If you’re at all interested in Scotland you will find the Undiscovered Scotland site very interesting. It seems to have information on bucketloads of places in Scotland that I haven’t even heard of. I could spend an awful long time on that site alone.

Kirkcaldy Beach, Fife, Scotland

This week Scotland has been enjoying wonderful weather for once and March temperature records have been broken. It got to 73F in some places, I think it was about 69F at the beach in Kirkcaldy when I took these photos.
 Kirkcaldy shore

There were actually people sunbathing in their bikinis but I decided against shocking you. It has to be said that Kirkcaldy central beach definitely isn’t one of the bonniest beaches in Fife and there are much nicer ones just a stone’s throw in each direction along the coast. The nearby small towns of Aberdour and Kinghorn have beautiful sandy beaches too.

Kirkcaldy shore
As you can see the sand here has teeny wee bits of coal, just like grit mixed in with the sand. A legacy of the coal mining days of the area, of course all the mines were closed down years ago.
 black coal tide line

The water is beautifully clear though and this photo is actually all water as the tide was coming in. The Firth of Forth is certainly a lot cleaner than it used to be. It’s just at this point that it turns into the North Sea.
shore line
Back to the town again and you can see those three blocks of high flats which are so visible from Edinburgh and North Berwick. If you look closely you can see the massive yellow crane which is being used in the construction of the new swimming pool, although why we needed a new one is a mystery to me because the old (1980s) pool seems absolutely fine.

Kirkcaldy shore

So, that was Kirkcaldy on one of the hottest March days which we have experienced. Why is it that when it’s a hot temperature we always revert to using Imperial measurements? We go back to those 70 Fs and know exactly what it means, hot to us but mild to other people no doubt. Then when it’s cold we are back to using centigrade and moan that it’s -15 C or whatever!

Forth Bridge, South Queensferry, Scotland

I was watching our Great Leader (and I don’t think!) David Cameron on the TV news today and thankfully I was distracted by the view of the Forth Bridge which was behind him, as he was in South Queensferry, for some odd reason. I had been hoping to see a train going over the bridge in the background because they’re very frequent, about every five minutes it seems. Unfortunately I couldn’t see any, I did begin to think it was just a photo he was sitting in front of but there were seagulls flying about so it can’t have been.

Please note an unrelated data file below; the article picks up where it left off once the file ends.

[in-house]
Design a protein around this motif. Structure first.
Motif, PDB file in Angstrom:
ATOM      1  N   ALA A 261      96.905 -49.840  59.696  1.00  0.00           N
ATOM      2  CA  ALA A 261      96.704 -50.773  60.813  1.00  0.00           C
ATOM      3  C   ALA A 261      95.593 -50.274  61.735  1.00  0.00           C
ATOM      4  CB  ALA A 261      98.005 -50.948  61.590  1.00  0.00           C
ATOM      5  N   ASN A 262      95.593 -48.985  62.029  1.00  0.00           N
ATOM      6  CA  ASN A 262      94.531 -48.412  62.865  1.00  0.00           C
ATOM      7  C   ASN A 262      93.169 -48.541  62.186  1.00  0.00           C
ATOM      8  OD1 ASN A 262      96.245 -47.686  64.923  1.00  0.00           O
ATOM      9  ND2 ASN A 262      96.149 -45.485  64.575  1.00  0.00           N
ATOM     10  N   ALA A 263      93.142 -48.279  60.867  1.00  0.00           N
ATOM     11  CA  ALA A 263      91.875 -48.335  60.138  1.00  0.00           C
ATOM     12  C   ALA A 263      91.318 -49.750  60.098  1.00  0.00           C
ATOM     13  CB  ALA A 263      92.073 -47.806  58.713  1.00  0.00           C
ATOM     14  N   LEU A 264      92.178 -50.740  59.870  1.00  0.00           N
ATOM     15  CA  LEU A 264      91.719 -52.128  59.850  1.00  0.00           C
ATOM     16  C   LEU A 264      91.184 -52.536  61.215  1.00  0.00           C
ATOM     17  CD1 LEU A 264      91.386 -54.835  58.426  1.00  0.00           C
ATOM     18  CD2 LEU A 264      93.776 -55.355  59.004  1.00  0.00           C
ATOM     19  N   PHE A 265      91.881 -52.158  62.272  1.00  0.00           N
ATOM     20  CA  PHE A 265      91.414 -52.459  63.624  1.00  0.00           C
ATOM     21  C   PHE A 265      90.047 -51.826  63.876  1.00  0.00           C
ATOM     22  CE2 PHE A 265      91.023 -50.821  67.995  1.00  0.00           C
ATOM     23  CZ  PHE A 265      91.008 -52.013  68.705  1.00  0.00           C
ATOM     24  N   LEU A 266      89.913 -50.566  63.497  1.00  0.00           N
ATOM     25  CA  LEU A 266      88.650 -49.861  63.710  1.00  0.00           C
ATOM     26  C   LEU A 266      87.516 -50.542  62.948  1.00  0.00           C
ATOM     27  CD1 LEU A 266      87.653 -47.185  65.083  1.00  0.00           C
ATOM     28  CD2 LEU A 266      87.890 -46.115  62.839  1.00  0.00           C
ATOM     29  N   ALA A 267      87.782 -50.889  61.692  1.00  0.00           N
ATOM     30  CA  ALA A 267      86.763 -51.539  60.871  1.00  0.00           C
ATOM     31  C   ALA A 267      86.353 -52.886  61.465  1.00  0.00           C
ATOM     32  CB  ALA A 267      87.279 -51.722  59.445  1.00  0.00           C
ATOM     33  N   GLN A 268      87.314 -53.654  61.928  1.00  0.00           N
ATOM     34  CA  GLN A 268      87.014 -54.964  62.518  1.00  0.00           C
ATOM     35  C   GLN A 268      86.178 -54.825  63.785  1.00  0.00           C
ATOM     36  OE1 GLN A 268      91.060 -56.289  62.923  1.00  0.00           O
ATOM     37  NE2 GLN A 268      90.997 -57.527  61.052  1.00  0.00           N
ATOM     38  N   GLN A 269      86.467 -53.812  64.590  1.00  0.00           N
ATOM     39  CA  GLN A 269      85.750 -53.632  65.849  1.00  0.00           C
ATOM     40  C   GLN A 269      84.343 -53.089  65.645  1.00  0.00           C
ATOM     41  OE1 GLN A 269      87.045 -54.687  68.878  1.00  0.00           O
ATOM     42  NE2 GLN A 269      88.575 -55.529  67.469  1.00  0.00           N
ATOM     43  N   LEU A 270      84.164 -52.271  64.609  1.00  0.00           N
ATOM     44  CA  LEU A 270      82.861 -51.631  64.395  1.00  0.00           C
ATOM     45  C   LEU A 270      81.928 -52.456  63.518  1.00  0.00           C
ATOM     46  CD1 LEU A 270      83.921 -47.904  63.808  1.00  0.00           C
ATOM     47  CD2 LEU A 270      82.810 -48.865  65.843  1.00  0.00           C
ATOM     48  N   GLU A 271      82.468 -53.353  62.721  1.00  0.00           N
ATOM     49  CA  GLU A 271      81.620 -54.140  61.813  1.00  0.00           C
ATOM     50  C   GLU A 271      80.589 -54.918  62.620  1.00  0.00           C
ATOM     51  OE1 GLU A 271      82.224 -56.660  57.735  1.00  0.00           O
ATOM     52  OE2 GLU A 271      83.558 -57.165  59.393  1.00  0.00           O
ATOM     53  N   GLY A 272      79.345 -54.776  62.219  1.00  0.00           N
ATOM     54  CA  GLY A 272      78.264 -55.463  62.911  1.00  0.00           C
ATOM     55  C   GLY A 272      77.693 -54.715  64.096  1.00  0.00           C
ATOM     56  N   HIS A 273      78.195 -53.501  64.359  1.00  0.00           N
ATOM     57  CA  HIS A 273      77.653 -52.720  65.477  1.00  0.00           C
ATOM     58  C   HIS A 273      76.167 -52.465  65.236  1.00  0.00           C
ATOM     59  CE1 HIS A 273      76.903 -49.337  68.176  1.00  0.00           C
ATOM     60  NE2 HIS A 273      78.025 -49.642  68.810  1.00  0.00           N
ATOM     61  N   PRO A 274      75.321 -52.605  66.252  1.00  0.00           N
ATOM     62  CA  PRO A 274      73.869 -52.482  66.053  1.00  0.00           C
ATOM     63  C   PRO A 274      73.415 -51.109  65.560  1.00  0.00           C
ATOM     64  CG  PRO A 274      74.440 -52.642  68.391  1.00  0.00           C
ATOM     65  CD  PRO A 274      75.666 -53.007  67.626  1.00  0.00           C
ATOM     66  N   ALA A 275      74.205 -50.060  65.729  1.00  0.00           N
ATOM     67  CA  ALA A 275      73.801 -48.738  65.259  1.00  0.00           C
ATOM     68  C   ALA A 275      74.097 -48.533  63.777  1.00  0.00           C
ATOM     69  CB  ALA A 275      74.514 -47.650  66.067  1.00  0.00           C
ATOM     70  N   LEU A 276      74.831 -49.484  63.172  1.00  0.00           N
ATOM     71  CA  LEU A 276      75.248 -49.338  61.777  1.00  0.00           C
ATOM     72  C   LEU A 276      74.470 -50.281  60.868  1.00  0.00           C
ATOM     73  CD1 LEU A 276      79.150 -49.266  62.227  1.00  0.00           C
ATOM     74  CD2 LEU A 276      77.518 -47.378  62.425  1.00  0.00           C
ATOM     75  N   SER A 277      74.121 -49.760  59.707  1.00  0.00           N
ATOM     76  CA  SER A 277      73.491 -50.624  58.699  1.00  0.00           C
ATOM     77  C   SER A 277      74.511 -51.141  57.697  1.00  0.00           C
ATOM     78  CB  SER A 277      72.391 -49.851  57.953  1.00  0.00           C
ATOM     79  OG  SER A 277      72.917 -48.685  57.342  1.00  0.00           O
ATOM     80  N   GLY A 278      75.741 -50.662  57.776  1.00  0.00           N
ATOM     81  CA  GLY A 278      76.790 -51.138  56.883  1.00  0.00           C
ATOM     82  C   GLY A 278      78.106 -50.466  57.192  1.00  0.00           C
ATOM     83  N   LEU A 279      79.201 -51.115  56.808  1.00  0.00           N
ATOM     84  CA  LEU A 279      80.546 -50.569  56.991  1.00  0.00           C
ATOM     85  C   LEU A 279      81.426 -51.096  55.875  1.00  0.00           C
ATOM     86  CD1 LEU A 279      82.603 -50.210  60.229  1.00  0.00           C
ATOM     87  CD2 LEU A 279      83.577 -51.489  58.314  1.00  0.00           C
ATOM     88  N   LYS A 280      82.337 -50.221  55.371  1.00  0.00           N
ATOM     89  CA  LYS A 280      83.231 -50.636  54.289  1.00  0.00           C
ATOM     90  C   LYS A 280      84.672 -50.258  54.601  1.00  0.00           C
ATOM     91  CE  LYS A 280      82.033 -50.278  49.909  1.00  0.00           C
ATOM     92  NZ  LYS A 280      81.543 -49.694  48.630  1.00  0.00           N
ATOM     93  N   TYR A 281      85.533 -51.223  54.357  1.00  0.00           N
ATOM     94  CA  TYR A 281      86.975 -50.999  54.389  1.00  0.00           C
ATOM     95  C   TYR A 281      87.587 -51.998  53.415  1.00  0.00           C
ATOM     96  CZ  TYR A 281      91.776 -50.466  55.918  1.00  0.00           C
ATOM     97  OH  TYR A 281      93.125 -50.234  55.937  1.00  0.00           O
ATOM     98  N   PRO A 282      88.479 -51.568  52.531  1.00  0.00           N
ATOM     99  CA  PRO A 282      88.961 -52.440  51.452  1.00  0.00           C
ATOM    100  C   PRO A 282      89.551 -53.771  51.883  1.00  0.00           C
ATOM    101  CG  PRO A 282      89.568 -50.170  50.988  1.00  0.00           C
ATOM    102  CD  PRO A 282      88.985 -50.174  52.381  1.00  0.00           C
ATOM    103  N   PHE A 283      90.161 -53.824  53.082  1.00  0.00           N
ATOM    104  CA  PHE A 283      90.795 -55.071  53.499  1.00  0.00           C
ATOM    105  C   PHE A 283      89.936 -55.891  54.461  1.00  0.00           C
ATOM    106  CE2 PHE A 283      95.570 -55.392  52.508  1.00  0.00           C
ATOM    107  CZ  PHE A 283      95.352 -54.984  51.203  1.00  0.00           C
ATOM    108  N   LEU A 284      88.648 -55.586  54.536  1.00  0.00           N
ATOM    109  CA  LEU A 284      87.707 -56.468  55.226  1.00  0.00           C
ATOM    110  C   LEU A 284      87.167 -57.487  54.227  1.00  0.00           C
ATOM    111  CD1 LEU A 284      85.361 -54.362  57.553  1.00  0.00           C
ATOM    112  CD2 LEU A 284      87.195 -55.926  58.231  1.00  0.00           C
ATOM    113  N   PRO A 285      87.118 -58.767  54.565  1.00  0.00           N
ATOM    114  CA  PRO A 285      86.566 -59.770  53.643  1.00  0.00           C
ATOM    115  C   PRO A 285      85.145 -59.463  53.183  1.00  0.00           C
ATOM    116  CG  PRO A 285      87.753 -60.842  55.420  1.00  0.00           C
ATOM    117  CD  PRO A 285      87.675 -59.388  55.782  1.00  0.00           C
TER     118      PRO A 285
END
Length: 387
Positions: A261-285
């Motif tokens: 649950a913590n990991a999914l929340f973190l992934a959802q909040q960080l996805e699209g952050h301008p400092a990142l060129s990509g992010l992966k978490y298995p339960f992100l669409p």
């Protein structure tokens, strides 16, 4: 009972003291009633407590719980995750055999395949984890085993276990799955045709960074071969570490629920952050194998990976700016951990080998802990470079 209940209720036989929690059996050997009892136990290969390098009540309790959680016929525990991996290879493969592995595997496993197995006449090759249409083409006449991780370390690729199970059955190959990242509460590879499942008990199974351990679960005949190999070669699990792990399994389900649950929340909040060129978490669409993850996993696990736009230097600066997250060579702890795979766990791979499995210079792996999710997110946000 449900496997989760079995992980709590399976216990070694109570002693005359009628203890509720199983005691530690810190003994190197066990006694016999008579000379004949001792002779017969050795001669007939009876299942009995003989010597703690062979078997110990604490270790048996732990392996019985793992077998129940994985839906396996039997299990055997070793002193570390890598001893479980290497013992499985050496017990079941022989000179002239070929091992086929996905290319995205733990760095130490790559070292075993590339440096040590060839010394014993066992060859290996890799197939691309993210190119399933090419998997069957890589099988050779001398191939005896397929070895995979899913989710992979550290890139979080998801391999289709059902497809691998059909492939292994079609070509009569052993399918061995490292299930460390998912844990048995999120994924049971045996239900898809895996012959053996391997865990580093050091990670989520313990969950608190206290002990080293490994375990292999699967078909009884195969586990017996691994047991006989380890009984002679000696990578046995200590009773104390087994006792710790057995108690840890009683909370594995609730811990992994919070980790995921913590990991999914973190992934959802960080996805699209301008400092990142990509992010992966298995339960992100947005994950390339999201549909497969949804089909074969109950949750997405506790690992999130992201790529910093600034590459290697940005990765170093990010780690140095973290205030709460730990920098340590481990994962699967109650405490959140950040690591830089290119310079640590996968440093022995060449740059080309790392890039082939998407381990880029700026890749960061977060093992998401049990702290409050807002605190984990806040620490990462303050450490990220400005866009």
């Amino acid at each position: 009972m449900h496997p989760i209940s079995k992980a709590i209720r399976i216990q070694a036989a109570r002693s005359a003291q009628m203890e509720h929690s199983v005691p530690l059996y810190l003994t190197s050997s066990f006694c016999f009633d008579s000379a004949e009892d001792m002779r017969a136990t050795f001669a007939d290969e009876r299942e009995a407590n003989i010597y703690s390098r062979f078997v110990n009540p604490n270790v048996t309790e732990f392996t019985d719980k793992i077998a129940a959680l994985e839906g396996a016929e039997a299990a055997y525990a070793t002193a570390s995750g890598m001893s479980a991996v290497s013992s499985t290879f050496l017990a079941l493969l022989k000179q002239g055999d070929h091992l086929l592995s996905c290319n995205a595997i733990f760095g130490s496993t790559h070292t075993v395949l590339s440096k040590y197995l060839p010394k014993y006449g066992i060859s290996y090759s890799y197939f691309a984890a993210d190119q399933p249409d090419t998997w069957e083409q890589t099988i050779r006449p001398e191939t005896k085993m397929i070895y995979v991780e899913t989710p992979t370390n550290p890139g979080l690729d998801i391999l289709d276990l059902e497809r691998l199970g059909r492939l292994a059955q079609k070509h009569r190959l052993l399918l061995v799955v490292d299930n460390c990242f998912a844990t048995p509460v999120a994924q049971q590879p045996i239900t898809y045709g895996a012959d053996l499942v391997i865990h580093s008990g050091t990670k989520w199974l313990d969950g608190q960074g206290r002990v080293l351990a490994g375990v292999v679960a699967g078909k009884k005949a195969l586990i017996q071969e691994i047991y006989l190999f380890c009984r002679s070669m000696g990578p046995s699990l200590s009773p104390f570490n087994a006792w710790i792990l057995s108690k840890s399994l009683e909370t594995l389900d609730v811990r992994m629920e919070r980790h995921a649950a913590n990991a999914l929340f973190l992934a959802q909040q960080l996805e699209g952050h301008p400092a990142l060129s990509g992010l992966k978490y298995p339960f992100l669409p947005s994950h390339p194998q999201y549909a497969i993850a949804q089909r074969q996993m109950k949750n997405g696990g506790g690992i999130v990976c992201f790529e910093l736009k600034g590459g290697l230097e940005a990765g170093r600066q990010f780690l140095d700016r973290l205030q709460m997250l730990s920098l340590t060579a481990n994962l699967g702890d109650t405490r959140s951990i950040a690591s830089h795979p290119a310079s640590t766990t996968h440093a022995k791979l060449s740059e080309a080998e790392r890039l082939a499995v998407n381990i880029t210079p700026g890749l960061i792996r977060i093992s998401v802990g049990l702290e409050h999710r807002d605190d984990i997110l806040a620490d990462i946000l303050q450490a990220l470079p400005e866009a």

Anyway, I did take a couple of photos of a train on the bridge when I was there a couple of weeks ago but I didn’t get around to blogging about them. I just wanted to show the scale of the whole thing, fairly massive I think you’ll agree! The photo below is of a train just going on to the Forth Bridge.

Forth Bridge, South Queensferry

If you look closely below you’ll be able to see the same train right in the middle of the bridge, it looks like a toy. As I said before, the whole bridge is massively over-engineered, deliberately so to give people confidence that it would be safe to use and wouldn’t collapse in a storm as the original Tay Bridge did.

Forth Bridge, South Queensferry

Somehow it still manages to look elegant, despite the tons of iron which it’s made from.

Edinburgh with Evee

As Evee said, the first thing we did when we got to Edinburgh was to pay a visit to the old cemetery across from Calton Hill in Waterloo Place. I wanted to take a photo of the names on the Martyrs’ Monument as I only took a photo of William Skirving’s name the last time I was there. You can see my previous post here.

Martyrs' Monument, Edinburgh

We huffed and puffed up to Calton Hill which isn’t far and is well worth doing because on a clear day the views across to Fife and of the city of Edinburgh are great. In this one you can see one of the islands in the Firth of Forth. I can’t remember what it’s called but it’s the one which is shaped like a battleship and the Germans apparently tried to sink it on numerous bombing raids during World War II

Edinburgh skyline

This is the unfinished monument nicknamed Edinburgh’s Disgrace, there was actually a lot going on behind this edifice, you can just see a white van on the right hand side peeking out but there was also a digger and several men hacking away at the ground behind the base of the pillars – who knows what was going on?!

Edinburgh's Disgrace

There are a lot of buildings scattered around Calton Hill and the right hand one is obviously the observatory but I can’t remember what the wee sort of mausoleum type building is commemorating.

The Observatory on Calton Hill